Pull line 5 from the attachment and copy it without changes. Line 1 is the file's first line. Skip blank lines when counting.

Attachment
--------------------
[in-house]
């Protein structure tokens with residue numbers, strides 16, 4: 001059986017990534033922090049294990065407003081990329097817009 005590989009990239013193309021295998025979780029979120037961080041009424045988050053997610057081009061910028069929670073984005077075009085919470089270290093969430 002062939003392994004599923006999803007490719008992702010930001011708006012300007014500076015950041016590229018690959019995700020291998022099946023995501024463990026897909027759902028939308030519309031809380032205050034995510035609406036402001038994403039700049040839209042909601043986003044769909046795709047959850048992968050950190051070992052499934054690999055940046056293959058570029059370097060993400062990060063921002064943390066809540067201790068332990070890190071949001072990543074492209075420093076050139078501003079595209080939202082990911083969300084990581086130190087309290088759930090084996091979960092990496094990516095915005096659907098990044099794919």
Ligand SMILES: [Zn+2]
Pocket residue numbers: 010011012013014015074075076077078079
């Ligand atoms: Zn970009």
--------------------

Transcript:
């Ligand atoms: Zn970009």